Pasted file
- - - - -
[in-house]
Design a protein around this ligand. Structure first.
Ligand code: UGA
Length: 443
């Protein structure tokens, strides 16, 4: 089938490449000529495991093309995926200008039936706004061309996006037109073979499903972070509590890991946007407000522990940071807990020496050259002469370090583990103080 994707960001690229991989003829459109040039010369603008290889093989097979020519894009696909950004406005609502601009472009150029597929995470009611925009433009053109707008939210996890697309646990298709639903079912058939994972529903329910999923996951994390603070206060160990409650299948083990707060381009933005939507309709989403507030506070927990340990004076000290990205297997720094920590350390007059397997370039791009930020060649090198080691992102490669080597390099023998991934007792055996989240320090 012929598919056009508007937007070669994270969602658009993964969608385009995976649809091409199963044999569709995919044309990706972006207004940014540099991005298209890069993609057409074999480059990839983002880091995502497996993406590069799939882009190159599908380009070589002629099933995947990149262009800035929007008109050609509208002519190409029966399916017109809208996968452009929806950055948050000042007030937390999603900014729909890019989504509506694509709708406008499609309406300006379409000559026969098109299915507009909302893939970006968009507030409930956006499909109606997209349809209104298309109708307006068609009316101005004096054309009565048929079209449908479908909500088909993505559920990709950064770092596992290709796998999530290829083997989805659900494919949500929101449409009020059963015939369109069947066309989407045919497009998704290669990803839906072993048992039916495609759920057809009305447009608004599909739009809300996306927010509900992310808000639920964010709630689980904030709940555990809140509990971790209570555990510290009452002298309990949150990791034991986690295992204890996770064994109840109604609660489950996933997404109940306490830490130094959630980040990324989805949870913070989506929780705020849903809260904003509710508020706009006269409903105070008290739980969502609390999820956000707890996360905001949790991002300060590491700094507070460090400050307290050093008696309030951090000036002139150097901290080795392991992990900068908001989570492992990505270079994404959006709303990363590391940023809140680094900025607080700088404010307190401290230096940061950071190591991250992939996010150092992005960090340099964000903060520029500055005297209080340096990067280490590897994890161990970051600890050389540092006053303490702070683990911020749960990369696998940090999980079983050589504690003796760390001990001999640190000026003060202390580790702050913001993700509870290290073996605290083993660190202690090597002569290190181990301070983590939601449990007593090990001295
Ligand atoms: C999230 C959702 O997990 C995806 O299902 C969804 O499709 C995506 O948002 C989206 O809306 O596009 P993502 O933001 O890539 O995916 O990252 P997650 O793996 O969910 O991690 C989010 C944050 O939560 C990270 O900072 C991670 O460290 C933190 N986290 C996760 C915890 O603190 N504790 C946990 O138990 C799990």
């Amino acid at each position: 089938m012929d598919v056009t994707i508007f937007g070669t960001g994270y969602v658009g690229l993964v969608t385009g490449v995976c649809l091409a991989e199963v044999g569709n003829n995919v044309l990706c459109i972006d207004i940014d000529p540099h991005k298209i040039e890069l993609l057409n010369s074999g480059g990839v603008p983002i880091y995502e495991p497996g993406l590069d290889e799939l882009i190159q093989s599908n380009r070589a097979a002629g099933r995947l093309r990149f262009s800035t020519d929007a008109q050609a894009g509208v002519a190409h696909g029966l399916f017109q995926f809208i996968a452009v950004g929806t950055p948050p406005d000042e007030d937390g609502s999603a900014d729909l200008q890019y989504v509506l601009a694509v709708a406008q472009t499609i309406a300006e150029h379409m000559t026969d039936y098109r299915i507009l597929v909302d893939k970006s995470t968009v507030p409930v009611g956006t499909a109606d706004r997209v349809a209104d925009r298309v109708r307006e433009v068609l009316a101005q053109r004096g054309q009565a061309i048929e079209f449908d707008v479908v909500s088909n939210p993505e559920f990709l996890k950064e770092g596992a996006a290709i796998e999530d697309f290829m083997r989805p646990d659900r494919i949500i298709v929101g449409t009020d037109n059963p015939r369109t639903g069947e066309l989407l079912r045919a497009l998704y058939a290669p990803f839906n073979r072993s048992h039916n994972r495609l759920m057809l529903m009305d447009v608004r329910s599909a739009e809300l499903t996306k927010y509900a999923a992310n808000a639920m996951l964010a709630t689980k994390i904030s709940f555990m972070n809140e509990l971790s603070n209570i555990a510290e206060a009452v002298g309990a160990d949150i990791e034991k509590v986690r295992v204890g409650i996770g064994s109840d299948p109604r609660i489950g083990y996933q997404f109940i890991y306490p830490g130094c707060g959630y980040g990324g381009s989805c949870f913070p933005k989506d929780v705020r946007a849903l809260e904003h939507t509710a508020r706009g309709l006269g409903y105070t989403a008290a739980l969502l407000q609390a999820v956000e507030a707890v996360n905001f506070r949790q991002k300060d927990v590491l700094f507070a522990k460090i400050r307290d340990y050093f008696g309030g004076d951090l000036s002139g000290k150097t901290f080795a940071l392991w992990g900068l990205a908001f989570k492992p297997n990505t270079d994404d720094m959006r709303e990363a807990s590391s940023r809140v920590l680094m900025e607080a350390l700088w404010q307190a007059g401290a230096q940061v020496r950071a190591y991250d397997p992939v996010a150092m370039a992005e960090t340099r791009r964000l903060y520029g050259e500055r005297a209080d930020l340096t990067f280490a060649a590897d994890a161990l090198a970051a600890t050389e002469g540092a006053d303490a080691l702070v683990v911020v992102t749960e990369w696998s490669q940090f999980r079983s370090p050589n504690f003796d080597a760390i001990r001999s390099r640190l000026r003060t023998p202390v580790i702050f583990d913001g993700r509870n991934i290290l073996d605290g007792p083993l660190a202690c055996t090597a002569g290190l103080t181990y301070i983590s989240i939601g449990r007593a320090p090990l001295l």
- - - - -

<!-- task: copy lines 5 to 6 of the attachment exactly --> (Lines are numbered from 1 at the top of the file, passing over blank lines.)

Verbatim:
């Protein structure tokens, strides 16, 4: 089938490449000529495991093309995926200008039936706004061309996006037109073979499903972070509590890991946007407000522990940071807990020496050259002469370090583990103080 994707960001690229991989003829459109040039010369603008290889093989097979020519894009696909950004406005609502601009472009150029597929995470009611925009433009053109707008939210996890697309646990298709639903079912058939994972529903329910999923996951994390603070206060160990409650299948083990707060381009933005939507309709989403507030506070927990340990004076000290990205297997720094920590350390007059397997370039791009930020060649090198080691992102490669080597390099023998991934007792055996989240320090 012929598919056009508007937007070669994270969602658009993964969608385009995976649809091409199963044999569709995919044309990706972006207004940014540099991005298209890069993609057409074999480059990839983002880091995502497996993406590069799939882009190159599908380009070589002629099933995947990149262009800035929007008109050609509208002519190409029966399916017109809208996968452009929806950055948050000042007030937390999603900014729909890019989504509506694509709708406008499609309406300006379409000559026969098109299915507009909302893939970006968009507030409930956006499909109606997209349809209104298309109708307006068609009316101005004096054309009565048929079209449908479908909500088909993505559920990709950064770092596992290709796998999530290829083997989805659900494919949500929101449409009020059963015939369109069947066309989407045919497009998704290669990803839906072993048992039916495609759920057809009305447009608004599909739009809300996306927010509900992310808000639920964010709630689980904030709940555990809140509990971790209570555990510290009452002298309990949150990791034991986690295992204890996770064994109840109604609660489950996933997404109940306490830490130094959630980040990324989805949870913070989506929780705020849903809260904003509710508020706009006269409903105070008290739980969502609390999820956000707890996360905001949790991002300060590491700094507070460090400050307290050093008696309030951090000036002139150097901290080795392991992990900068908001989570492992990505270079994404959006709303990363590391940023809140680094900025607080700088404010307190401290230096940061950071190591991250992939996010150092992005960090340099964000903060520029500055005297209080340096990067280490590897994890161990970051600890050389540092006053303490702070683990911020749960990369696998940090999980079983050589504690003796760390001990001999640190000026003060202390580790702050913001993700509870290290073996605290083993660190202690090597002569290190181990301070983590939601449990007593090990001295
Ligand atoms: C999230 C959702 O997990 C995806 O299902 C969804 O499709 C995506 O948002 C989206 O809306 O596009 P993502 O933001 O890539 O995916 O990252 P997650 O793996 O969910 O991690 C989010 C944050 O939560 C990270 O900072 C991670 O460290 C933190 N986290 C996760 C915890 O603190 N504790 C946990 O138990 C799990």